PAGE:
Third party DCOM referrals? 
Author Message
 Third party DCOM referrals?

Hi there all.

We are trying to create the mother of all real time distributed processing
systems and are trying to use DCOM to simplify the programming model.  The
idea is to have one NT box running an application that creates remote
objects on it's peers/subordinate processors and then gets them to cooperate
with each other and get out of the way.  In theory we should be able to
create remote object A and B and pass the interface of object A to object B.
Object A should then be able to make calls directly on object B without the
creator knowing or caring about it.  Herein lies the problem.  If machine #1
creates A and B on machine #2, then all is fine.  A and B can communicate
perfectly, even if machine #1 shuts down.  However, if A and B are made on
machines #2 and #3 respectfully then things are not quite so good.  Any call
other than to the IUnknown interface of object B passed to object A fails.
If I pass a reference to IUnknown I can query for the interface I want and
get it.  If I query for one that I know is not supported I fail to get it.
So I am quite sure I have a handle to the right object, but why does it not
work?

Any suggestions at all?

Code is ATL using Visual Suudio 6 on NT (CE 3.0 to follow too, but that is
another can of worms).

By the way. CV's (or is that "resume" over here?) accepted from any decent
COM/DCOM programmers wanting to work in Boston MA area.

Best regards

Bill



Wed, 18 Dec 2002 03:00:00 GMT  
 Third party DCOM referrals?
Greets,

    Are your objects on the other machines using type library marshalling?
If not and you are using custom interfaces for the objects, are the
proxy/stub DLLs registered on all the machines that need to use the
interface?  Also, when interfaces are passed from machine to machine, is the
reference count being incremented appropriately?

Regards,

Joe


Quote:
> Hi there all.

> We are trying to create the mother of all real time distributed processing
> systems and are trying to use DCOM to simplify the programming model.  The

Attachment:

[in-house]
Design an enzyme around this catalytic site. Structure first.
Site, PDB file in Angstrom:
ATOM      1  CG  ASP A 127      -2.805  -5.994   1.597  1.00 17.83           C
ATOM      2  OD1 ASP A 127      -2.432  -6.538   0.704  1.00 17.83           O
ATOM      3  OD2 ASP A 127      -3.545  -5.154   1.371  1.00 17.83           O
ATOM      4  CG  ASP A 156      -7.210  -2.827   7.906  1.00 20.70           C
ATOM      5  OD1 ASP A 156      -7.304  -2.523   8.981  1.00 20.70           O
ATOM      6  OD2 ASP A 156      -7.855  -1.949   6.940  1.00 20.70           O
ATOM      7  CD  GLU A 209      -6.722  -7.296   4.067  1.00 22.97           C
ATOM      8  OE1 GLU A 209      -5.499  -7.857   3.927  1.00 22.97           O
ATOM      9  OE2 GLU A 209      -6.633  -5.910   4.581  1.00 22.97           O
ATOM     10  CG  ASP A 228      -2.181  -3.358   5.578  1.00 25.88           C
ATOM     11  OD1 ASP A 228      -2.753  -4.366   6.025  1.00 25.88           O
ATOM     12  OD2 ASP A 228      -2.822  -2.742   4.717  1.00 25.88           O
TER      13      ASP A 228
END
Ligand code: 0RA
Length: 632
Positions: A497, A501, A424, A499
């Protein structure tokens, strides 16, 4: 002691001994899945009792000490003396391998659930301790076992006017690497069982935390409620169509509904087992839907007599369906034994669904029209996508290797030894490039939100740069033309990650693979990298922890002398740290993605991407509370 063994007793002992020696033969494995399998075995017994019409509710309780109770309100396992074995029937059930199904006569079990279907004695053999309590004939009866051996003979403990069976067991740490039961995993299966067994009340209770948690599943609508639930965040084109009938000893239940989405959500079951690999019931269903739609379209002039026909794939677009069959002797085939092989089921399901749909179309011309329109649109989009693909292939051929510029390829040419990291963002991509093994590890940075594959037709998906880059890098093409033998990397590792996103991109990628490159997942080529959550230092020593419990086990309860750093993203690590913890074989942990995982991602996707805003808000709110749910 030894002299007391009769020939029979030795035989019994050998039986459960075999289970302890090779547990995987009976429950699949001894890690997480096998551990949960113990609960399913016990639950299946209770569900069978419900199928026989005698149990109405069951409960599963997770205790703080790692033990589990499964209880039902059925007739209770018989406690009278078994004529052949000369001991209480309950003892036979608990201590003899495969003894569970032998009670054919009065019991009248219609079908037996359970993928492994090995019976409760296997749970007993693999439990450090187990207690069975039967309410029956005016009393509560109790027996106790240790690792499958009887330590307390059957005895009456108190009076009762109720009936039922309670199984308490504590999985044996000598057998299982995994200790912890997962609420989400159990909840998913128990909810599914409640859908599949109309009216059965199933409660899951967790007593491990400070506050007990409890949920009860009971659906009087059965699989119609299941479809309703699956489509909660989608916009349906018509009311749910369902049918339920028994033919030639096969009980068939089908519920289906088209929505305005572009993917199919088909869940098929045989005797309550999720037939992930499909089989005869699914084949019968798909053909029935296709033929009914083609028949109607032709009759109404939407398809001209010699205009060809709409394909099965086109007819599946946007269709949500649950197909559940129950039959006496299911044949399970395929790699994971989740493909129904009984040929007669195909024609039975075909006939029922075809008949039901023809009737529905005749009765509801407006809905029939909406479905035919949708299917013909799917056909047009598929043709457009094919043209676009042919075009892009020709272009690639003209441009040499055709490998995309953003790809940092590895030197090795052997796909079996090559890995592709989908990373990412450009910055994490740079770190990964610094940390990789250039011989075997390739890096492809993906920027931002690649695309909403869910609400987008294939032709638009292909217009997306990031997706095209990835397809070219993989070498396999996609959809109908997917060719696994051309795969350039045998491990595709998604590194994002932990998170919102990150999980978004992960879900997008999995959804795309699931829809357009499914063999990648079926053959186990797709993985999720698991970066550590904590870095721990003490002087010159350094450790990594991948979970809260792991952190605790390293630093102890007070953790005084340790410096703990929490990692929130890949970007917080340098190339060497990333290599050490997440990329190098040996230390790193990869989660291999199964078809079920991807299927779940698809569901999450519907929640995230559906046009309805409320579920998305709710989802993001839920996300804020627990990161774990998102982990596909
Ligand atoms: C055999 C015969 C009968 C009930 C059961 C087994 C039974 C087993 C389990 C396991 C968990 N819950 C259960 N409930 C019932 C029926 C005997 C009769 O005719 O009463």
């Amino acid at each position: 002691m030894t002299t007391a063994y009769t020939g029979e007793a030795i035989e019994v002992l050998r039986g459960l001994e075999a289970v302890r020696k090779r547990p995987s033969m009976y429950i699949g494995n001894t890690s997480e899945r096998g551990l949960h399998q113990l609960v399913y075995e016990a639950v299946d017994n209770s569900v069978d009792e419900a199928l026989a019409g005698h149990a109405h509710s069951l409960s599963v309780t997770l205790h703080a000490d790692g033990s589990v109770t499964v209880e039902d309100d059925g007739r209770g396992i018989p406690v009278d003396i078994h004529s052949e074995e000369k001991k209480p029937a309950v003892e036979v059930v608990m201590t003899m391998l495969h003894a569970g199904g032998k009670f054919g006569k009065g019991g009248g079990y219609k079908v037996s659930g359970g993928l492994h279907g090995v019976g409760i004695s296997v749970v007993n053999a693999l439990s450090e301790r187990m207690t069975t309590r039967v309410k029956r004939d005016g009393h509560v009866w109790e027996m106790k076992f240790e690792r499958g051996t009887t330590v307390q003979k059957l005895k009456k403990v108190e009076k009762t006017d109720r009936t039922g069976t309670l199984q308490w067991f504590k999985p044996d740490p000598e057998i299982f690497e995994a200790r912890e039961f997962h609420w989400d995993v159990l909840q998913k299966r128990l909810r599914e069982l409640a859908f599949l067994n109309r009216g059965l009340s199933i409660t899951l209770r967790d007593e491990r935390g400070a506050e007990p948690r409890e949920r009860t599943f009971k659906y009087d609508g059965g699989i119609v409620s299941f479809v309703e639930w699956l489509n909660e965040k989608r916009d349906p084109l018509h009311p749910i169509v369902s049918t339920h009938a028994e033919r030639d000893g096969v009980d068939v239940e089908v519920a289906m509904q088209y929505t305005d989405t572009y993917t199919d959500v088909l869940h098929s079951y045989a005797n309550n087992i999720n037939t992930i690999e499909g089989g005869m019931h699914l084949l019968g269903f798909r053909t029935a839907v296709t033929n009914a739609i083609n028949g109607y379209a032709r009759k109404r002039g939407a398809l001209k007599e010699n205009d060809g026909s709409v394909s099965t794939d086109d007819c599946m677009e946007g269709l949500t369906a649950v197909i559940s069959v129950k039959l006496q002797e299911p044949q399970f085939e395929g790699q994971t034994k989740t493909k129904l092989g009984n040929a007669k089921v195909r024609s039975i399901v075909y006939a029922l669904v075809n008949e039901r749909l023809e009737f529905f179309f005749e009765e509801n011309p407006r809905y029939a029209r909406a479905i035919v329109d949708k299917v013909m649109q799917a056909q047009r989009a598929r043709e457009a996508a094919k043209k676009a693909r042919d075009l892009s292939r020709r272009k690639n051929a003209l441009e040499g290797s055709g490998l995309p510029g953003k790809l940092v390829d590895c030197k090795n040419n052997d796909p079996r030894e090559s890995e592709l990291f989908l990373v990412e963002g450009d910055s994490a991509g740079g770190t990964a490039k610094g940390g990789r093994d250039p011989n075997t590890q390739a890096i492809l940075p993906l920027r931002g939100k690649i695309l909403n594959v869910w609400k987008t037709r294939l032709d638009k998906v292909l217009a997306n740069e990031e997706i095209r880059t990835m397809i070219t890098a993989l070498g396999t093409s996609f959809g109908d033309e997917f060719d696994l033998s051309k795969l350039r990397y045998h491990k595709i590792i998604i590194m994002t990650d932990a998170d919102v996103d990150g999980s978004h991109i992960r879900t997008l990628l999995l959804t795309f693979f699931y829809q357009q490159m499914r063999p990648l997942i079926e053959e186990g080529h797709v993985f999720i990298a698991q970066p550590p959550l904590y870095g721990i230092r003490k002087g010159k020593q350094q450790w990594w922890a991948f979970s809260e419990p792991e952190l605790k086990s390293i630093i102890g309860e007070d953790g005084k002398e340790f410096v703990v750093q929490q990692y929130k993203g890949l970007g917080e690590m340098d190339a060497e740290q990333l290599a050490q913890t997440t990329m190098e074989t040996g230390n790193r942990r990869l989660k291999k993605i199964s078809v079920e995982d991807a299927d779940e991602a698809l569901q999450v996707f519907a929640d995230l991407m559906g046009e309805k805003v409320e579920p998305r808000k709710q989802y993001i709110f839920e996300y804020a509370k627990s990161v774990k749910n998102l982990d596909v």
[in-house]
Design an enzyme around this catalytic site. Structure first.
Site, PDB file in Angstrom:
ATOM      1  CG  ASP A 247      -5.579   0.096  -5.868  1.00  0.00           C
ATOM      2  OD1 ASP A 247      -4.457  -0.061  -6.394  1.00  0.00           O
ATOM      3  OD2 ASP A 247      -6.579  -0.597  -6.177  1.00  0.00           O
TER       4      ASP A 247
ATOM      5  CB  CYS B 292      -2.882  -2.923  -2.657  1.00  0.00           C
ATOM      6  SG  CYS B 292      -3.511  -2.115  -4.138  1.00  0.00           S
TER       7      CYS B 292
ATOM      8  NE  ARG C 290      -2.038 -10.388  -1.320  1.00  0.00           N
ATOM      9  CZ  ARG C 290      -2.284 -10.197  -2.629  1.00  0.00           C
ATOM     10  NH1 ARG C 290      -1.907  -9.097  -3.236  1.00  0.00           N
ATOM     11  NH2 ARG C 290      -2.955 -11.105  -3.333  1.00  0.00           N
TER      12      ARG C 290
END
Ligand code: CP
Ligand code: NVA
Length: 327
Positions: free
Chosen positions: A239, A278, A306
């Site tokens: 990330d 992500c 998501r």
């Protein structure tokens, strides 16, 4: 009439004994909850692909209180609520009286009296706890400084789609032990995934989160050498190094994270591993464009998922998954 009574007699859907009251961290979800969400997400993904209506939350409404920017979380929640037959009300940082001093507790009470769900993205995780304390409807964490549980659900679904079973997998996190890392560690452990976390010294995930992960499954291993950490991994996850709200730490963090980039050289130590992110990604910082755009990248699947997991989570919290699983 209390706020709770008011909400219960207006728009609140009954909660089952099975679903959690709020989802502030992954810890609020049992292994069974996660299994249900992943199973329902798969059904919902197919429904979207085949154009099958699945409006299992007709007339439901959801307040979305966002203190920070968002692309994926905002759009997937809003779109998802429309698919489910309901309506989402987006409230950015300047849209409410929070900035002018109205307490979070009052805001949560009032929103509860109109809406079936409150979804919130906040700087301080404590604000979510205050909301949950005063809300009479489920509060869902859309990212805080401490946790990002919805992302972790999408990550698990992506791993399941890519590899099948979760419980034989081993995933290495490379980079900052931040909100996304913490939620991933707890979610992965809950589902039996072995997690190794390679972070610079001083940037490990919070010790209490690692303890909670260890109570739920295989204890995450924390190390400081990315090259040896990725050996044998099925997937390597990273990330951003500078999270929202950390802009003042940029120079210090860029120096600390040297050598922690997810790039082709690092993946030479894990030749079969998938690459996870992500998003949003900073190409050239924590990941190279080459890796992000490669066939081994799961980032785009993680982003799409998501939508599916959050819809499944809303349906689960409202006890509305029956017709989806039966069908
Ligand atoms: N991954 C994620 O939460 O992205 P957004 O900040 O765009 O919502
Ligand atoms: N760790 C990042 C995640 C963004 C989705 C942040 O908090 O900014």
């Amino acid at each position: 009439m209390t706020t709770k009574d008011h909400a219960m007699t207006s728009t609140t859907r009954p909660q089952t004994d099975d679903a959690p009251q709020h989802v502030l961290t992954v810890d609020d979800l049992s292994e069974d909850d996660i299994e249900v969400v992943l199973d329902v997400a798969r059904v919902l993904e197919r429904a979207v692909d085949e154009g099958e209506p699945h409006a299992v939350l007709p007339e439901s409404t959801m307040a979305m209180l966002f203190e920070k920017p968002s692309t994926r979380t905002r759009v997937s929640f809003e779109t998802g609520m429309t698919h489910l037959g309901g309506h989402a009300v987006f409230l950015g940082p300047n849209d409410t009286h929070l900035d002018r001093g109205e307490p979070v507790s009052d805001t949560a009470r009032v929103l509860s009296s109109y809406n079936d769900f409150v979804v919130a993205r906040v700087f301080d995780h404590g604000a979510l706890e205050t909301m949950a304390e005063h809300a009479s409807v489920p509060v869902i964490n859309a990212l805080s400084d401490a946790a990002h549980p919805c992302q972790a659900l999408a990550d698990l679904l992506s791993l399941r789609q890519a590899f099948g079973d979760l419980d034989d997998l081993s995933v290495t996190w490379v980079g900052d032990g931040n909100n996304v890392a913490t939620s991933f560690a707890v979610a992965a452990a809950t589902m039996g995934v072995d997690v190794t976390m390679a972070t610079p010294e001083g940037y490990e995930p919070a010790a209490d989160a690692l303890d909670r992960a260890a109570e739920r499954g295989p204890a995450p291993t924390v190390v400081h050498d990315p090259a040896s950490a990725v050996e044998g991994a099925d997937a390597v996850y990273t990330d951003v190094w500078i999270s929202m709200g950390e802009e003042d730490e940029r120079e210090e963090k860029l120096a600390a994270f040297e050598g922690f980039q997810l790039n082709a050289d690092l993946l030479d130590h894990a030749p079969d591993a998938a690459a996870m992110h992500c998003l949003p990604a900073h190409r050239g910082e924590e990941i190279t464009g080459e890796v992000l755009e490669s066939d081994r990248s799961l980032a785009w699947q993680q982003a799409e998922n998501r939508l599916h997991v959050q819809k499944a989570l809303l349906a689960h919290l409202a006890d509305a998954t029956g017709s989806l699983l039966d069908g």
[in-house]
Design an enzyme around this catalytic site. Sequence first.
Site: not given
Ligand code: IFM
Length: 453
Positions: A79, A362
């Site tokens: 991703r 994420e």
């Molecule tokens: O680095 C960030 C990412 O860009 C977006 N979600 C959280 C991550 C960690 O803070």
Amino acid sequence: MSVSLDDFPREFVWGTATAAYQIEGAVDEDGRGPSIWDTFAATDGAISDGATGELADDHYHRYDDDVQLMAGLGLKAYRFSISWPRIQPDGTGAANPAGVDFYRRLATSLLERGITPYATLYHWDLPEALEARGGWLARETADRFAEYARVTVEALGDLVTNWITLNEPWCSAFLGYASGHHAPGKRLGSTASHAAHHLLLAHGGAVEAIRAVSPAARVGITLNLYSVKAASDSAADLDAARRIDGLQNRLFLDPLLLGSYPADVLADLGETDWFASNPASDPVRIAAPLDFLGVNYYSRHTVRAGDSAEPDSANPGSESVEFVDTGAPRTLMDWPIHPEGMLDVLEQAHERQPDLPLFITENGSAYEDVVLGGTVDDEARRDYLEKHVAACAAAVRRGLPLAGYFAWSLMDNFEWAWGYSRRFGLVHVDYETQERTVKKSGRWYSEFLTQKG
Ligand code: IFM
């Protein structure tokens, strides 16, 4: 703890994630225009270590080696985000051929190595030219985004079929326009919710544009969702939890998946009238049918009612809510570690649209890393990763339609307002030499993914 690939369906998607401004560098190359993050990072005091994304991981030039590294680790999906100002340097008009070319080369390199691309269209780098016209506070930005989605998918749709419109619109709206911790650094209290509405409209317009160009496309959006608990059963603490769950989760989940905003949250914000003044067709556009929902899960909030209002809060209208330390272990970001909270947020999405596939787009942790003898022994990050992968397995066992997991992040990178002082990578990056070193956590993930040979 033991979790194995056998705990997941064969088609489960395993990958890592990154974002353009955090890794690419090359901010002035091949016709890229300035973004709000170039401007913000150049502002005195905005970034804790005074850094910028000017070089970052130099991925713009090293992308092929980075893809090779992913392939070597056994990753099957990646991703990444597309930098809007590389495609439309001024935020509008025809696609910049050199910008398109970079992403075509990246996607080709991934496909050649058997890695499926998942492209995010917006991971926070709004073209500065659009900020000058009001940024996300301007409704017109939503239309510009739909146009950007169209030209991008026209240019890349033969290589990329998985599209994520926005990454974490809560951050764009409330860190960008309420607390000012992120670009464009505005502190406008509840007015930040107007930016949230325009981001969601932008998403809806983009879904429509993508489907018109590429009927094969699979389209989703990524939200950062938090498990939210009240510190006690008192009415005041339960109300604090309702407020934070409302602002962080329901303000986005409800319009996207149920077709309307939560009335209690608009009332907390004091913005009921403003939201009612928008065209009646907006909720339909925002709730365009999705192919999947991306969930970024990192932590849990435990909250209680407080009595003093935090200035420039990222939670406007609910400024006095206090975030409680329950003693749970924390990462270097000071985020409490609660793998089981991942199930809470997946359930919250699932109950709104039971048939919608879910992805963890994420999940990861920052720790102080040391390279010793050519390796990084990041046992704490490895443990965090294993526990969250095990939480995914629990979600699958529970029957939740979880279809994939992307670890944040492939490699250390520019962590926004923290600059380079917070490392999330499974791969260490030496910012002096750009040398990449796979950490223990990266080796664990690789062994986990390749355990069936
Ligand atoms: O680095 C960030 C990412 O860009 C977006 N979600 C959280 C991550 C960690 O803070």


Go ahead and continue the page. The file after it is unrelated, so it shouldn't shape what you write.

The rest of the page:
> idea is to have one NT box running an application that creates remote
> objects on it's peers/subordinate processors and then gets them to
cooperate
> with each other and get out of the way.  In theory we should be able to
> create remote object A and B and pass the interface of object A to object
B.
> Object A should then be able to make calls directly on object B without
the
> creator knowing or caring about it.  Herein lies the problem.  If machine
#1
> creates A and B on machine #2, then all is fine.  A and B can communicate
> perfectly, even if machine #1 shuts down.  However, if A and B are made on
> machines #2 and #3 respectfully then things are not quite so good.  Any
call
> other than to the IUnknown interface of object B passed to object A fails.
> If I pass a reference to IUnknown I can query for the interface I want and
> get it.  If I query for one that I know is not supported I fail to get it.
> So I am quite sure I have a handle to the right object, but why does it
not
> work?

> Any suggestions at all?

> Code is ATL using Visual Suudio 6 on NT (CE 3.0 to follow too, but that is
> another can of worms).

> By the way. CV's (or is that "resume" over here?) accepted from any decent
> COM/DCOM programmers wanting to work in Boston MA area.

> Best regards

> Bill



Thu, 19 Dec 2002 03:00:00 GMT  
 
 [ 2 post ] 

 Relevant Pages 

1. Third party component set opinions

2. How to link third party .LIB files

3. How to link third party .LIB files

4. Importing third party interfaces that have the same name into an IDL file

5. First-chance exception in third-party DLL

6. ?Seeking Recommendations re: Third Party Database Engines

7. debugging 'third party' *.exe

8. Looking for third party tool

9. First-chance exception in third-party DLL

10. How do I Link with a third party static C library

11. Importing some functions from a third-party DLL

12. Looking for modest third party libraries for printing and graph

 

 
Powered by phpBB® Forum Software